(c) Copyright Library Journals LLC, a wholly owned subsidiary of Media Source, Inc. No redistribution permitted. Review by Horn Book Review

The twelfth (and final) book about Ivy and Bean finds these best friends still in second grade but hurtling toward their futures by way of career day at school. Bean wants to be an arborist because of the potential for tree-climbing, but the career fair doesn't offer that. Bypassing the banker, dentist, plumber, yoga instructor, and others, the two join a crowd at the back of the room where "Herman, Treasure Hunter" is holding court with his metal detector and a few of his discoveries. ("Ms. Aruba-Tate seemed surprised that all the kids in her class wanted to be treasure hunters when they grew up.") Blackall's spot art captures the fervor and diligence of the friends as they undertake their search for treasure, making each page more entertaining as well as more convincing. New readers will find funny situations and a fast-moving plot to enjoy; and although Ivy and Bean unfortunately end up with little to show for their efforts, they find there are other ways to score treasure. The girls' infectious spirit, combined with their unique skill sets, should prepare them well for any careers they decide upon. Julie Roach March/April 2021 p.81(c) Copyright 2021. The Horn Book, Inc., a wholly owned subsidiary of Media Source, Inc. No redistribution permitted.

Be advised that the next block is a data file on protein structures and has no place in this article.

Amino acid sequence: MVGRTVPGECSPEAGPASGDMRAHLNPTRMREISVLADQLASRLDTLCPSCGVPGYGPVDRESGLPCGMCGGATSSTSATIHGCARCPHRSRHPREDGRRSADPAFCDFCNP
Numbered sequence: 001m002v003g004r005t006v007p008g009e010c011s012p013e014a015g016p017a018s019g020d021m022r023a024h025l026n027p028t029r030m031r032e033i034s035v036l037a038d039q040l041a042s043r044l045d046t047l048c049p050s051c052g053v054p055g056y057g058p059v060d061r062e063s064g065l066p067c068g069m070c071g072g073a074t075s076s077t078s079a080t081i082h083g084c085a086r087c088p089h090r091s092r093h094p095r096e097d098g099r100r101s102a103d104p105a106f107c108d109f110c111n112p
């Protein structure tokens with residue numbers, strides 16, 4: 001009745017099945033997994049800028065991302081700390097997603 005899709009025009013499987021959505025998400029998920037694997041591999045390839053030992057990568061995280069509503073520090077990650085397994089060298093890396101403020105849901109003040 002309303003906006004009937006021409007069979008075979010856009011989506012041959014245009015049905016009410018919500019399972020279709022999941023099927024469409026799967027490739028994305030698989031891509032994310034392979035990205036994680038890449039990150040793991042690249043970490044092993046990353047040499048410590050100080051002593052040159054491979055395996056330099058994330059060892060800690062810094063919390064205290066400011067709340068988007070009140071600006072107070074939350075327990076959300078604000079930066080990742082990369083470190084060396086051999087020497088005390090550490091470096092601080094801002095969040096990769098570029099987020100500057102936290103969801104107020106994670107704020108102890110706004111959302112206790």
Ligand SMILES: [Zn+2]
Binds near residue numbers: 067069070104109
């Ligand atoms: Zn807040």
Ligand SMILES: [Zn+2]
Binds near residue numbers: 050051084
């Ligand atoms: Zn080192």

(c) Copyright The Horn Book, Inc., a wholly owned subsidiary of Media Source, Inc. No redistribution permitted. Review by Kirkus Book Review

Iconic second graders Ivy and Bean are back for their final outing. Two little girls couldn't be much more different. Bean's mind races in remarkable (but ever so age-appropriate) circles, making it hard to stay on task, and Ivy is as quiet and contained as Bean is boisterous. But the pair are perfect together, always finding clever ways to sort out their differences and making fun out of just about any small idea. This time it's treasure hunting. After learning at a career day about what magical and valuable items could be found if they just could afford a metal detector, the girls decide to use their "special sense" of what's lost, inspiring lots of hole-digging but very little treasure-finding. It's only after they secretly hide treasured items for each other that they meet with remarkable and very satisfying success. Many of the children who read the first Ivy + Bean book as second graders in 2006 are now, unbelievably, college graduates. But the series has remained fresh and relevant, offering a perfect first dip into chapter books for a whole new generation of readers. Like the others in the series, this effort combines Barrows' nicely developed characters and her hilarious, easy-to-read take on juvenile adventures with Blackall's spot-on Chinese ink illustrations on every spread, with purely delightful results. Ivy and Bean both present White; their classmates are diverse. The final, delicious entry in a much-loved series. (Fiction. 6-9) Copyright (c) Kirkus Reviews, used with permission.

Copyright (c) Kirkus Reviews, used with permission.